Bicycles are rapidly becoming a common sight in cities throughout the US. From Washington, D.C. to Portland, Ore. the amount of bike-infrastructure is increasing and the number of bicycle commuters is climbing. But should cities fast-track more bicycle projects to jump-start the economy?
Joe Peach on the This Big City blog thinks it’s a good idea. His main reasons:
- Bicycle-related infrastructure is relatively cheap to install compared to new roads or mass transit systems.
- It’s easier to interact with local businesses when traveling by bike.
But bicyclists can’t carry as much stuff as vehicles. So does that lessen the economic impact that bicyclists have on businesses? Assuming a high demand for bicycle usage, Peach says that bicyclists have the advantage of being able to fit more people into a small space than cars, even though they might spend less per trip.
A study from Australia attempts to put some figures behind this thinking. Based on data from more than 1,000 survey respondents, Alison Lee found that, even though cyclists spend less on average, improvements to urban bicycle networks still bring retail benefits. Lee suggests that by replacing one car parking space with six bicycle parking facilities, the lower average spend of a cyclist could be multiplied, offering improved revenue opportunities for nearby businesses. Of course, this simple mathematical equation, whilst theoretically true, assumes enough demand to keep the bicycle parking facilities adequately full.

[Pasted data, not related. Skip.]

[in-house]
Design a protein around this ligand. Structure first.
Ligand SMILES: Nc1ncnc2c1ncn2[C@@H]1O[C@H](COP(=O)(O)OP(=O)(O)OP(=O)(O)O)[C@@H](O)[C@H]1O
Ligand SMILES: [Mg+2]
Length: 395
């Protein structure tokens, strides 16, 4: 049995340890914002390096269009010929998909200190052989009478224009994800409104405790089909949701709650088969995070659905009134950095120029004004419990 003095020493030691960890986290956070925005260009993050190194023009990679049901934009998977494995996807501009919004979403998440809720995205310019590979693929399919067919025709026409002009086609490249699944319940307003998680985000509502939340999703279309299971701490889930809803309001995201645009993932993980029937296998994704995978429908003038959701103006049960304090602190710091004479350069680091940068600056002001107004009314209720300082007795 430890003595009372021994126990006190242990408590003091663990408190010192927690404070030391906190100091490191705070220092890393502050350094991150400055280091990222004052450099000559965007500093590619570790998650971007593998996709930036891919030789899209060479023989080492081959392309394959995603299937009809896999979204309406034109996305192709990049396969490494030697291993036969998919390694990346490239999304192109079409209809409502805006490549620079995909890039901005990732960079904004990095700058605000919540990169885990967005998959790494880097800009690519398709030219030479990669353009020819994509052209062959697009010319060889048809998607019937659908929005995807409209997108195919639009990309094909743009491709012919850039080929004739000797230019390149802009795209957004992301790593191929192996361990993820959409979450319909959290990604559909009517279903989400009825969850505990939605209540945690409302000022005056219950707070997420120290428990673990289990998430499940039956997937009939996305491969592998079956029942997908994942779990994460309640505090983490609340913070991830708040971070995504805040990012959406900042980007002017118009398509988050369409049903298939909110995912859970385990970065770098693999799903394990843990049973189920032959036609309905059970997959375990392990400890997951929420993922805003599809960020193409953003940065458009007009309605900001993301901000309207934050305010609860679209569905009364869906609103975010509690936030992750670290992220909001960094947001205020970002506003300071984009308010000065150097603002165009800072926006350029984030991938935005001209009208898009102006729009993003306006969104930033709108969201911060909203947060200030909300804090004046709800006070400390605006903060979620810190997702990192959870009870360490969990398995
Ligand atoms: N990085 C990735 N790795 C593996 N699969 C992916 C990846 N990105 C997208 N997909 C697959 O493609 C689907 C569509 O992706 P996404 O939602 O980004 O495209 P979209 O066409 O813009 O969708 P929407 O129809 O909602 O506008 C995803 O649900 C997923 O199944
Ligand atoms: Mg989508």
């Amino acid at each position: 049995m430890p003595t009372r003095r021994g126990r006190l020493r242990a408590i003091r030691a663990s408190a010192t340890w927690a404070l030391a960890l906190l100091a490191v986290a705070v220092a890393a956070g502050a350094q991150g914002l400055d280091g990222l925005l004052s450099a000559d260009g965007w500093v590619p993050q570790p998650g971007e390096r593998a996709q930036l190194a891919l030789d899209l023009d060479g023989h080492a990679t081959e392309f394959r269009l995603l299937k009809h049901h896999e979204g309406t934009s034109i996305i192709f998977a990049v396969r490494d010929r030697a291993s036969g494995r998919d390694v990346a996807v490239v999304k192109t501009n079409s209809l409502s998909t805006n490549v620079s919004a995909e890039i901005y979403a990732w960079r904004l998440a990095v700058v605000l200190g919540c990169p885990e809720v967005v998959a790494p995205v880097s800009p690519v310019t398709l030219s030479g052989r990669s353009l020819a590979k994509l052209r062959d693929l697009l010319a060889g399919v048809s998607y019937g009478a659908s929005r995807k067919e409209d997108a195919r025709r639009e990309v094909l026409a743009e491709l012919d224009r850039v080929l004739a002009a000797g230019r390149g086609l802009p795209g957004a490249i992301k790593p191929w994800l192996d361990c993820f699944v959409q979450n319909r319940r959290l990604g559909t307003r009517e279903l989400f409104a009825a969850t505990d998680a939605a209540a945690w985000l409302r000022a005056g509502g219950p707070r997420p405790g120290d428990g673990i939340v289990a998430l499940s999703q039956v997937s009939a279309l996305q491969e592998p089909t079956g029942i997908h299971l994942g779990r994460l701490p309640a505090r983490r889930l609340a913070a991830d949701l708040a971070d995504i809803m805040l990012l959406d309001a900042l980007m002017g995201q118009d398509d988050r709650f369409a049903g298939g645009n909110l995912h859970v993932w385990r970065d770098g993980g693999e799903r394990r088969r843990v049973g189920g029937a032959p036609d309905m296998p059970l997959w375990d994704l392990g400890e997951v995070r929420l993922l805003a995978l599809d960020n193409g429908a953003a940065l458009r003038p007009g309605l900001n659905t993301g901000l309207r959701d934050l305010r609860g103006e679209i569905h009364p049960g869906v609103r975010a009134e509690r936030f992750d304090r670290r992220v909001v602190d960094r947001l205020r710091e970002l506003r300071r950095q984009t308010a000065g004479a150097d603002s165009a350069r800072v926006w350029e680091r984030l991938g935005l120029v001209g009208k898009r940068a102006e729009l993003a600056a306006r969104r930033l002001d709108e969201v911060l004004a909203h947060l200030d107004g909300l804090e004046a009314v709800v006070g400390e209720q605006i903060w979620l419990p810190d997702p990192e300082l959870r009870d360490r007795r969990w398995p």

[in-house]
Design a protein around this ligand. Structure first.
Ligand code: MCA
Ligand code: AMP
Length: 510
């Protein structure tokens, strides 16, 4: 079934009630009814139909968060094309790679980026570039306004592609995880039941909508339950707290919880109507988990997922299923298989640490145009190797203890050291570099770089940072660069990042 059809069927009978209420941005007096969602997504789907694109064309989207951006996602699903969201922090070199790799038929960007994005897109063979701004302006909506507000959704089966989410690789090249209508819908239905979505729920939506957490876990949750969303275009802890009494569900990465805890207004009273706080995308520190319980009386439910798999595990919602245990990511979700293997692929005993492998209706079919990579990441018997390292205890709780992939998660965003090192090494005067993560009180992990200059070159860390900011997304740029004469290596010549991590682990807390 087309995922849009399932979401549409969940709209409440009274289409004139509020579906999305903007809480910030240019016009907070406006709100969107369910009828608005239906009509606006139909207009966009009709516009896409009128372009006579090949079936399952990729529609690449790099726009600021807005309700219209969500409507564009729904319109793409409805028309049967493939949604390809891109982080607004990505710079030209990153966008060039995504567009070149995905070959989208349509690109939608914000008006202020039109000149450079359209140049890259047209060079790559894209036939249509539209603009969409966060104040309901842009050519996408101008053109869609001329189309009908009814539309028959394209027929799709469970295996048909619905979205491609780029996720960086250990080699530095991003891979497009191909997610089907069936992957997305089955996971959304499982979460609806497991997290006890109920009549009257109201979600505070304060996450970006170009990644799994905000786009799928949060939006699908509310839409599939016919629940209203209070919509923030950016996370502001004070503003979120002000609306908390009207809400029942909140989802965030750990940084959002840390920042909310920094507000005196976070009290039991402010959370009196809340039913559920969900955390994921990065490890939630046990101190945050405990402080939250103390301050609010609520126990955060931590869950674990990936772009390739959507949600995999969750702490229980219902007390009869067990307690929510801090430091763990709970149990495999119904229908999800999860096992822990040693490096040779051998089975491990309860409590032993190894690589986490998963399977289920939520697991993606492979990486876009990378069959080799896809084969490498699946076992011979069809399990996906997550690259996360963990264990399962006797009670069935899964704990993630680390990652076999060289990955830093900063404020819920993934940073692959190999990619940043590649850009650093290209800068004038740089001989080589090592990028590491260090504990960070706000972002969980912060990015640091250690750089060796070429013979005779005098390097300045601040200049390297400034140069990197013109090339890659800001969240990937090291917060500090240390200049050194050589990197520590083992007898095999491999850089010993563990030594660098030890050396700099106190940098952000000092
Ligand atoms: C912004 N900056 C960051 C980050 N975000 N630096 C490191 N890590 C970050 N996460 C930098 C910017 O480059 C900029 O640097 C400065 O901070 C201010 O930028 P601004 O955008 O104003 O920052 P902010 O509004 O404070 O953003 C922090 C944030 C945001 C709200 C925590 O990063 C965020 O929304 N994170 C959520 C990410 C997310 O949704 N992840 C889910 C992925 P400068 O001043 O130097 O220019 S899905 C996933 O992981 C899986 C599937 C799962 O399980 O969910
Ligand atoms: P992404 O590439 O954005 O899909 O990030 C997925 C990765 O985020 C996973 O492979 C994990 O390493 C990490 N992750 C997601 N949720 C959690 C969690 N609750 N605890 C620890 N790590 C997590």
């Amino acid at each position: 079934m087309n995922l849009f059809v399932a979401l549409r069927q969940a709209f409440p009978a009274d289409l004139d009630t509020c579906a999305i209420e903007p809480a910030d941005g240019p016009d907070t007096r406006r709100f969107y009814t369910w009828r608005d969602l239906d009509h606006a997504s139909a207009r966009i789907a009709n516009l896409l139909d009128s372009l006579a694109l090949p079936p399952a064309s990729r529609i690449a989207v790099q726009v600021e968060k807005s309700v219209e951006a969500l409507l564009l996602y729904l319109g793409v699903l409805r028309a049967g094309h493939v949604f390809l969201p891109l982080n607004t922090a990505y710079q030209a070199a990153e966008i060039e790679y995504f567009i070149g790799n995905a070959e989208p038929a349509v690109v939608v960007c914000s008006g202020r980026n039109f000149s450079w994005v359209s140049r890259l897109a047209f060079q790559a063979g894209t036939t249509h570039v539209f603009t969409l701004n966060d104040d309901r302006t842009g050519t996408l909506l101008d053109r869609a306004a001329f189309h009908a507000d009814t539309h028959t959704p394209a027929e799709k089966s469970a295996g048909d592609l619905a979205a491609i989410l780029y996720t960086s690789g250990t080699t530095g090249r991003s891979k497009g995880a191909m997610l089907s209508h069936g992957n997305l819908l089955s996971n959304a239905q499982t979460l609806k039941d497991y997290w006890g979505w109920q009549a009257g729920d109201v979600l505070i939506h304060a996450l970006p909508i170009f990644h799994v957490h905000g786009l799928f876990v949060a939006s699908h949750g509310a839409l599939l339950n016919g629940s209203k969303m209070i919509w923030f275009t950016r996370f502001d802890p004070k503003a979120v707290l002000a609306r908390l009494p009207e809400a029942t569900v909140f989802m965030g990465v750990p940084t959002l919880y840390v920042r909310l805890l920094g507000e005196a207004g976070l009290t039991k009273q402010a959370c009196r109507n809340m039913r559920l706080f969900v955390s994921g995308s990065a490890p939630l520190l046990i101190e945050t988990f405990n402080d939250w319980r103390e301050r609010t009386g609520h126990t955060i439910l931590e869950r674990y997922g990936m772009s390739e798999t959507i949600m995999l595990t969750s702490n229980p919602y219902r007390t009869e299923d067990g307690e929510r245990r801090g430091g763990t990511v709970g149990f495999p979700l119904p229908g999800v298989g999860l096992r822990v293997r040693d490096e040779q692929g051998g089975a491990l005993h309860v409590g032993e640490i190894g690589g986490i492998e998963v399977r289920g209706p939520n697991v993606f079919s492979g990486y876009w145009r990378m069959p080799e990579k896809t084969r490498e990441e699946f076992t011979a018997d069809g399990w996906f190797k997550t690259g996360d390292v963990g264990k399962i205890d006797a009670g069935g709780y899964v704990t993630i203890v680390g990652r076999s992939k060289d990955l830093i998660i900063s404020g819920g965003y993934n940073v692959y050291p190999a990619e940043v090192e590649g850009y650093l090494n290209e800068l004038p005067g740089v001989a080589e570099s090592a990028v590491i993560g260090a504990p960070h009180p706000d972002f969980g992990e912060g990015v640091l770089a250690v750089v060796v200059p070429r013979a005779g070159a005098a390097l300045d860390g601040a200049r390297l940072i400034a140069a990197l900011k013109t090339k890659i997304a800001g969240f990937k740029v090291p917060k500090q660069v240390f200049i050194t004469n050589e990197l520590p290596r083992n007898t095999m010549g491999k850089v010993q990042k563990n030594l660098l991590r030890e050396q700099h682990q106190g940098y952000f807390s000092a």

Despite this, Lee’s findings are remarkably similar to a study from the Dutch city of Utrecht which found that whilst bicycle-based consumers spend less per transaction, they make more visits and spend the most collectively. This isn’t the only connection – a German study found similar results, calling cyclists ‘better customers’ due to them making eleven trips per month compared to seven for motorists. And the Swiss are in on it too, where research into parking space profitability found that each square metre of bicycle parking generated €7500 compared to €6625 for cars. This seems to confirm basic logic – devoid of any significant storage space, cyclists are likely to spend less and shop more.
Peach also reports that the average number of jobs created for every $1 million of bike infrastructure is 11.4 jobs compared to 7.8 jobs per million spent on road-only construction.
With so many cities struggling financially, bicycle-infrastructure seems like a cheap, obvious place to start.
Local Economic Implications of Urban Bicycle Networks [This Big City]